Album Review: Perhapst – Perhapst (In Music We Trust Records)

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MP3: Perhapst – Aren’t You Glowing

Around this time every year, melancholy pop albums seem to find their home in my possession. I don’t think it could happen any other way. Any other time of the year is inappropriate. Summer is too sweaty and fun, spring too lively, and autumn too filled with new experiences. During the end of December and the beginning of January my level of cynicism is at an all time high. I watch all the cars rush to department stores to buy gifts for holidays I’m not sure are even necessary, and I enjoy my own loathing.

Every year this happens, just as every year an album like Perhapst falls into my hands.

Last year my specimen was Me First by The Elected, and I can’t help but associate this year’s model, Perhapst’s self titled debut, with it. Let’s look at this more specifically. First of all, both albums are side-projects of well-established bands. Where The Elected’s Blake Sennet and Jason Boesel hail from Rilo Kiley, Perhapst is comprised of Decemberists’ drummer John Moen. Both albums utilize relatively high-pitched vocals whose qualities conjure terms such as “tweed” and “west coast,” and both combine all the best parts of folk and pop into two solid indie records.

Furthermore, while both of the albums are more than acceptable, neither have a definitive single in them. While Perhapst may contain “Caution” and The Elected have “Greetings In Braille”, it seems to me that these tracks are merely stronger than the others, neither necessarily the best track.

This, my friends, is the plight of folk-pop: the single.

Good songs are all too common, but it’s rare that we hear a folk-pop masterpiece. 2008, for example, yielded some brilliance from Fleet Foxes with “White Winter Hymnal”, but this reviewer is unaware of any other outstanding pieces of folk-pop art from this past year. Both Me First and Perhapst play well all the way through, but to be honest, I was never blown away with any one track enough to commit its title to memory.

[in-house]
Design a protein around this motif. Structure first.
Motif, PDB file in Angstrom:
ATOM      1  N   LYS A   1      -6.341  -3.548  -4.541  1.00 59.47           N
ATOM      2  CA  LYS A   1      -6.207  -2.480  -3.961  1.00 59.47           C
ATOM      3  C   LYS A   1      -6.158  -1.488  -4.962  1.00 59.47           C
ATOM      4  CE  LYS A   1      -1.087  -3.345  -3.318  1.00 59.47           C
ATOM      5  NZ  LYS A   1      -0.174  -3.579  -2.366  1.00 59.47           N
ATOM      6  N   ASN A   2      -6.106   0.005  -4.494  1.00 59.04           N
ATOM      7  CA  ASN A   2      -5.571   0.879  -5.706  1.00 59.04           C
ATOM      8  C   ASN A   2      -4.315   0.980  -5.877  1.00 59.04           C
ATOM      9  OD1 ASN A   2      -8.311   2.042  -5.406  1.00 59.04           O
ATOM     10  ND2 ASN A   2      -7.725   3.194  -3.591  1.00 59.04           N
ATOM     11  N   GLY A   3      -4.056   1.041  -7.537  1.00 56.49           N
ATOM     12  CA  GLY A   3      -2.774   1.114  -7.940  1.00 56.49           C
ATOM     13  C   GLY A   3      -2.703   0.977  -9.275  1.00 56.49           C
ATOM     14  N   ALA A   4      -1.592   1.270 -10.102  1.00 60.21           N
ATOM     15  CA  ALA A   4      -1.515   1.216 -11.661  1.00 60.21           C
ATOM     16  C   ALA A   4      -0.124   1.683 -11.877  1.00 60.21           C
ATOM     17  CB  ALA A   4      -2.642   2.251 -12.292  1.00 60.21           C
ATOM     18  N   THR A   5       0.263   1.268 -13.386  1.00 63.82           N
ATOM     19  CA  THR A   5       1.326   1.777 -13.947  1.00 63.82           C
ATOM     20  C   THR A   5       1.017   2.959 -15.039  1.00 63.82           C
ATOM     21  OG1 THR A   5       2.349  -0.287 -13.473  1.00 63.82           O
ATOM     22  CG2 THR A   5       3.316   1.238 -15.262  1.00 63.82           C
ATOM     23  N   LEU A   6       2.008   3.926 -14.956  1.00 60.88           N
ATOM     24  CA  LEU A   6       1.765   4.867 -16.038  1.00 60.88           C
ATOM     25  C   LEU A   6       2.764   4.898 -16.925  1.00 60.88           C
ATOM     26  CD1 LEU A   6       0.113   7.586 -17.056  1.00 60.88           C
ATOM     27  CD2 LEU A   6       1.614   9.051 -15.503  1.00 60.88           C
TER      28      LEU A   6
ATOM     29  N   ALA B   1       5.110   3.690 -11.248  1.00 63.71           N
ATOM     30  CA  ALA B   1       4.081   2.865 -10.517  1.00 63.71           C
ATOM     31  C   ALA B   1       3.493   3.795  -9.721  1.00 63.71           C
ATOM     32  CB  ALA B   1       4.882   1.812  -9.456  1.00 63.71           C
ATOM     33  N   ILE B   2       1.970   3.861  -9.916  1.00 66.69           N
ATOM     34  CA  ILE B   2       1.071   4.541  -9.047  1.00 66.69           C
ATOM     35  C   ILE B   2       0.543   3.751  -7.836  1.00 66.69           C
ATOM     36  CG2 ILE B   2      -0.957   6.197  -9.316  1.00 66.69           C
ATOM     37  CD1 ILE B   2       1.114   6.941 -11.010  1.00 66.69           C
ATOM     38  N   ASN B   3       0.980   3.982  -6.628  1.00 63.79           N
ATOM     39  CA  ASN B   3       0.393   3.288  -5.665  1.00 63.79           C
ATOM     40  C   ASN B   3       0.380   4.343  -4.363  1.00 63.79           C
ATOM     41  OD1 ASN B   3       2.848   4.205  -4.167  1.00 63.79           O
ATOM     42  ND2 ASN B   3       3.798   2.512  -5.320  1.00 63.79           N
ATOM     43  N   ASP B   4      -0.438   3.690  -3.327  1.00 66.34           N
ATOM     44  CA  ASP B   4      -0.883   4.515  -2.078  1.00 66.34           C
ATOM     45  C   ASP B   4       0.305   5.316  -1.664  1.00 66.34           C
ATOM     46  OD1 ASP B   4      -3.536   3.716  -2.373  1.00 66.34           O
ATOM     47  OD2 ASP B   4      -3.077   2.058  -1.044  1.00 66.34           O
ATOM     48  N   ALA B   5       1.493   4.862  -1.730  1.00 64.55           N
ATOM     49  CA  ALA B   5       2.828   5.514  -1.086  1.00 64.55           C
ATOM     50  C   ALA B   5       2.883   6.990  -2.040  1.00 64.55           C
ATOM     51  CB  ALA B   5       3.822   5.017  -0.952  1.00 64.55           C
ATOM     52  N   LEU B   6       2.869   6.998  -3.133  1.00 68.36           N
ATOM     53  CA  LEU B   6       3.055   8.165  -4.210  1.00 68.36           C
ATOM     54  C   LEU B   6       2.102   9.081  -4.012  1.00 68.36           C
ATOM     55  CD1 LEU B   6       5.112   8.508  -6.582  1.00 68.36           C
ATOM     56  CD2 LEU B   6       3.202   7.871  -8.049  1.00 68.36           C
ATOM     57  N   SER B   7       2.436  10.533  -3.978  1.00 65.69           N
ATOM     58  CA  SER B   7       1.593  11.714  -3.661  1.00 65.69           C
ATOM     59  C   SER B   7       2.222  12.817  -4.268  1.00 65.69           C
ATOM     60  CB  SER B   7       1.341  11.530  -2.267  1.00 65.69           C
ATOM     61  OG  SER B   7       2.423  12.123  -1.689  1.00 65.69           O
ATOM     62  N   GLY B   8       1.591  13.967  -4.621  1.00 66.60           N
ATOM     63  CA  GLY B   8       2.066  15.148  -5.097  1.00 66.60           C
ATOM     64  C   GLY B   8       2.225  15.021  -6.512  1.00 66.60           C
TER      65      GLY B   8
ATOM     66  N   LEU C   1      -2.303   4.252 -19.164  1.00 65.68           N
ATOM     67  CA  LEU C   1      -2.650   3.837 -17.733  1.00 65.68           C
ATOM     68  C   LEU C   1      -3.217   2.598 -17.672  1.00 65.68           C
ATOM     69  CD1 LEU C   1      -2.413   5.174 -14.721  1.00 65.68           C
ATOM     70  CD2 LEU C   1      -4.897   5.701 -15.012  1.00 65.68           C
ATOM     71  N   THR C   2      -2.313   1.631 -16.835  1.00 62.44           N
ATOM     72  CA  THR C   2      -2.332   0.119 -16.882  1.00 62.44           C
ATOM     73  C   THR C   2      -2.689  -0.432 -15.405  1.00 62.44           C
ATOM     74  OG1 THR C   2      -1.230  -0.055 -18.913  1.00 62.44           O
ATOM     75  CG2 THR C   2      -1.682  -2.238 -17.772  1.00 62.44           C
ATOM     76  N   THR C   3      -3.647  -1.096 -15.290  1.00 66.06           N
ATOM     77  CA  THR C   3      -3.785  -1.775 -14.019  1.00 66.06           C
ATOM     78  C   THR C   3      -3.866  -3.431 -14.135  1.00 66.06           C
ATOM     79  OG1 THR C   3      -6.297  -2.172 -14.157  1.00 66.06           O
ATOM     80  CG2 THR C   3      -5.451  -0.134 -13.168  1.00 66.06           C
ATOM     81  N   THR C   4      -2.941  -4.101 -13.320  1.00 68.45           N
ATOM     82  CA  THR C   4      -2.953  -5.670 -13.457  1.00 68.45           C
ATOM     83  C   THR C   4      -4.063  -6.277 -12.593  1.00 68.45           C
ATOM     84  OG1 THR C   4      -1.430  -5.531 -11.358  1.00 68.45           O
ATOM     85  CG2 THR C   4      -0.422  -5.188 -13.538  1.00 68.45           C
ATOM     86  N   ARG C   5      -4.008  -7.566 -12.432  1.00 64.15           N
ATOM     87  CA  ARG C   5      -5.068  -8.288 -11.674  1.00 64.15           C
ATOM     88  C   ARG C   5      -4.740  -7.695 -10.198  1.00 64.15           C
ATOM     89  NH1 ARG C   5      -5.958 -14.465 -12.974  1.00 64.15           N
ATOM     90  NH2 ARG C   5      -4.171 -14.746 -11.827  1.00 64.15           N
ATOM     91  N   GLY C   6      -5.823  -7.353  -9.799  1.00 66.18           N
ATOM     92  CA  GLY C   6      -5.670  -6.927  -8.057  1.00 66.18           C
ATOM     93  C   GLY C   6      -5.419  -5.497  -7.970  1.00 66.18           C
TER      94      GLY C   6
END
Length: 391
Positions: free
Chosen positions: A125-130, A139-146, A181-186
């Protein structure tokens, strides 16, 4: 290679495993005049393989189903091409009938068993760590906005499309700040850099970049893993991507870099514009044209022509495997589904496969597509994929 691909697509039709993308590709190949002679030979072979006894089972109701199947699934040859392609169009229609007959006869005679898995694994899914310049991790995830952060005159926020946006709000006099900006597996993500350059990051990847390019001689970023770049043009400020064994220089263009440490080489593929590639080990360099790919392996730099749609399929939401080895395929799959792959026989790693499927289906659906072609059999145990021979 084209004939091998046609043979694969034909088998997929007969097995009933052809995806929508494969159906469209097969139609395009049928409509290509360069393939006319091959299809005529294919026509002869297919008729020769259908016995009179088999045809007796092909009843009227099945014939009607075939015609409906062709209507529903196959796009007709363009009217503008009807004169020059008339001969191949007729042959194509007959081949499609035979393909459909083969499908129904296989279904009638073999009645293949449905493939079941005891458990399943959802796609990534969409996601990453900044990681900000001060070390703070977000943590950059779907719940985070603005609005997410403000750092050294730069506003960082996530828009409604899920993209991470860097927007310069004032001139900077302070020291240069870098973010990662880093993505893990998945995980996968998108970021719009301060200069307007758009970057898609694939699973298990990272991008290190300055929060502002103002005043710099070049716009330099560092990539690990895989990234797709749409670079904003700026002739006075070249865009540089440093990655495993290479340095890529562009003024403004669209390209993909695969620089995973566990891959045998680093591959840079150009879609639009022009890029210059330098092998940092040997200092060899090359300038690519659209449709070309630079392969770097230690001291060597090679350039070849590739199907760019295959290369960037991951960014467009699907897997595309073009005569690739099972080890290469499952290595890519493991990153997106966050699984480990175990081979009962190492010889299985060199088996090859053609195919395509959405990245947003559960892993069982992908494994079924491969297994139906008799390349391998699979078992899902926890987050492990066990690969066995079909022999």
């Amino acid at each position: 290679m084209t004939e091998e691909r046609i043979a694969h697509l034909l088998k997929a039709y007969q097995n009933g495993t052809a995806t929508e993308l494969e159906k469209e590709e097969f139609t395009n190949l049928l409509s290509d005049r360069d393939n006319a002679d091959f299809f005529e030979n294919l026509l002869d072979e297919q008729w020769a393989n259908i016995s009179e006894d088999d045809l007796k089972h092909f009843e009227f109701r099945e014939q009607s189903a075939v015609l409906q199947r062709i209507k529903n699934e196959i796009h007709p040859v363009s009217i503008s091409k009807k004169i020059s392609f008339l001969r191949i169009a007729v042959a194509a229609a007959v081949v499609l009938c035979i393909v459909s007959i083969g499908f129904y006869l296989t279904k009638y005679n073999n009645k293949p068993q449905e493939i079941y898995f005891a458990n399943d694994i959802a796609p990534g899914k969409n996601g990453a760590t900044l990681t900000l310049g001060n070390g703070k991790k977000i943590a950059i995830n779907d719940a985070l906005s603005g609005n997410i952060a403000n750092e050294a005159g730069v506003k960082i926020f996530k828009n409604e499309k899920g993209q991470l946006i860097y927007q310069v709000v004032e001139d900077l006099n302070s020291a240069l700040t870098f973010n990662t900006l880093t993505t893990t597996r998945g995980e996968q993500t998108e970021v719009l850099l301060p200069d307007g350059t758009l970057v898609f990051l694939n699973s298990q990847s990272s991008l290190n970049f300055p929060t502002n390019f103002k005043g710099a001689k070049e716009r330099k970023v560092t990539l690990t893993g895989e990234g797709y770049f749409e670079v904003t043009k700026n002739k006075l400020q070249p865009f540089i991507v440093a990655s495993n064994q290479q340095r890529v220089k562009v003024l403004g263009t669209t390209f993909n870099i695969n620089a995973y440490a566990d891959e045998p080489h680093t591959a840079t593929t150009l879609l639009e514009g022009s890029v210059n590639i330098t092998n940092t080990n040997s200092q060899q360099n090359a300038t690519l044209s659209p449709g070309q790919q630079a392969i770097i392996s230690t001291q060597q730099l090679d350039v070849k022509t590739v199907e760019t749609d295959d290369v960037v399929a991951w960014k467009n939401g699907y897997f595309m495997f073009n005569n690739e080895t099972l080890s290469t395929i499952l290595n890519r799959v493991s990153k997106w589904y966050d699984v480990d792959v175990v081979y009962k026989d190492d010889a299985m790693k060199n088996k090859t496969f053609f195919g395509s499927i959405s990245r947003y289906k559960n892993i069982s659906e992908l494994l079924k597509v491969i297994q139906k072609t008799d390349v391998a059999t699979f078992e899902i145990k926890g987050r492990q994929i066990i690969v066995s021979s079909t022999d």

So you may wonder, “What’s the difference between these two albums?”

Well for starters, Perhapst is a hell of a lot more fun than Me First. Despite being the perfect companion for this year’s bout of cynicism, the record is still a great time. “Caution” thumps along like the train full of hobos that we all wished we’d been on when we learned about the Great Depression (maybe we’ll get the chance with the economy going where it is). “Maryanne” sounds like a collaboration between the Decemberists and Rob Schneider. As an added bonus, John Moen doesn’t even use those sometimes-annoying whisper-like vocals that Blake Sennet insists upon. But if you think about it, those downbeat and flawed vocals are what give Me First it’s striking sincerity. So, while Perhapst is more joyful, it’s not nearly as much of a personal experience as Me First, which seems like a big part of folk, doesn’t it?

And that’s what we have to keep in mind; this is pop at its most basic level. Perhapst introduces nothing new, nothing groundbreaking. We’ve all heard these songs a million times over. On record label In Music We Trust’s website, they describe Perhapst as “experimental folk-rock.” I’m not completely sure I believe them.

And that’s not necessarily a bad thing.

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